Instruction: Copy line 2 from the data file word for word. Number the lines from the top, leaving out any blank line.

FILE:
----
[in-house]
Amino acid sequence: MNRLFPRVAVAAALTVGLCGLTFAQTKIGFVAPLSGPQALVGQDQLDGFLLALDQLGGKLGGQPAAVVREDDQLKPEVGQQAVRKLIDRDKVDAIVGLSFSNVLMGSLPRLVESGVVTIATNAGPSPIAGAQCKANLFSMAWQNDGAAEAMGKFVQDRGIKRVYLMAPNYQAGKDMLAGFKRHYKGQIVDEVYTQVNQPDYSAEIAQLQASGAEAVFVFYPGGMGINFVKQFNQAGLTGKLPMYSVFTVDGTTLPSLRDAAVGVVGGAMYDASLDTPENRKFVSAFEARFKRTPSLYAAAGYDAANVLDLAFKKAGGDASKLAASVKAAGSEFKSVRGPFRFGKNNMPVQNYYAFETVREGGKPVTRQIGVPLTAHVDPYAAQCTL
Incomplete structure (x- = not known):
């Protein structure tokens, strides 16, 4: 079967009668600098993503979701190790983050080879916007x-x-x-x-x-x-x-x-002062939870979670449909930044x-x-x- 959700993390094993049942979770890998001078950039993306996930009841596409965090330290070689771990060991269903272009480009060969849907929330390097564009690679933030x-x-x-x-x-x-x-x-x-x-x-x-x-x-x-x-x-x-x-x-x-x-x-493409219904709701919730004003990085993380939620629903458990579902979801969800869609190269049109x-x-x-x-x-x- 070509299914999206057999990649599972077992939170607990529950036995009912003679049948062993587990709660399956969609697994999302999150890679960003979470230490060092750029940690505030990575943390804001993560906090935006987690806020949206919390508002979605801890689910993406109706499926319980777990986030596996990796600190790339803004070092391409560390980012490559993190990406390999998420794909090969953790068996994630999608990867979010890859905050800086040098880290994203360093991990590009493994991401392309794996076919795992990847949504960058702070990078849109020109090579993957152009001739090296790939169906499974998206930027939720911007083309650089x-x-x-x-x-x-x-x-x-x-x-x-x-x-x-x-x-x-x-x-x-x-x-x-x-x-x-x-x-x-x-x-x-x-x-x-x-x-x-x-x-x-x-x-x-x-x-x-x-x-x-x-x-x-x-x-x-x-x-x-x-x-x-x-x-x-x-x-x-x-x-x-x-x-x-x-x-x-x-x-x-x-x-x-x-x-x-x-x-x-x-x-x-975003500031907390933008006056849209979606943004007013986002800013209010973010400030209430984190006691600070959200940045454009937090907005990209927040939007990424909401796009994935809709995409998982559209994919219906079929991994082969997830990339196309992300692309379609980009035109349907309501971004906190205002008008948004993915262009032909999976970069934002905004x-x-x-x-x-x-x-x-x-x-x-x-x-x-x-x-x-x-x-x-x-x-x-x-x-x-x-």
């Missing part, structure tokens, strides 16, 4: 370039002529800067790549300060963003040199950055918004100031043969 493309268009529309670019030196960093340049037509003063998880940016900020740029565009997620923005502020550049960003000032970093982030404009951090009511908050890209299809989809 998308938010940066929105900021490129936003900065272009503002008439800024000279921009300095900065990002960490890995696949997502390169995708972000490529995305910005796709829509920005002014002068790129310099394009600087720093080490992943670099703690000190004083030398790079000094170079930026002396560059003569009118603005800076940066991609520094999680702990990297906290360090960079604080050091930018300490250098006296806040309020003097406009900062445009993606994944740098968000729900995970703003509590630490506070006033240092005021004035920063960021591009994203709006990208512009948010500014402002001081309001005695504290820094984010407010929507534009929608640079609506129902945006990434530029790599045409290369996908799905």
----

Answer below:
Amino acid sequence: MNRLFPRVAVAAALTVGLCGLTFAQTKIGFVAPLSGPQALVGQDQLDGFLLALDQLGGKLGGQPAAVVREDDQLKPEVGQQAVRKLIDRDKVDAIVGLSFSNVLMGSLPRLVESGVVTIATNAGPSPIAGAQCKANLFSMAWQNDGAAEAMGKFVQDRGIKRVYLMAPNYQAGKDMLAGFKRHYKGQIVDEVYTQVNQPDYSAEIAQLQASGAEAVFVFYPGGMGINFVKQFNQAGLTGKLPMYSVFTVDGTTLPSLRDAAVGVVGGAMYDASLDTPENRKFVSAFEARFKRTPSLYAAAGYDAANVLDLAFKKAGGDASKLAASVKAAGSEFKSVRGPFRFGKNNMPVQNYYAFETVREGGKPVTRQIGVPLTAHVDPYAAQCTL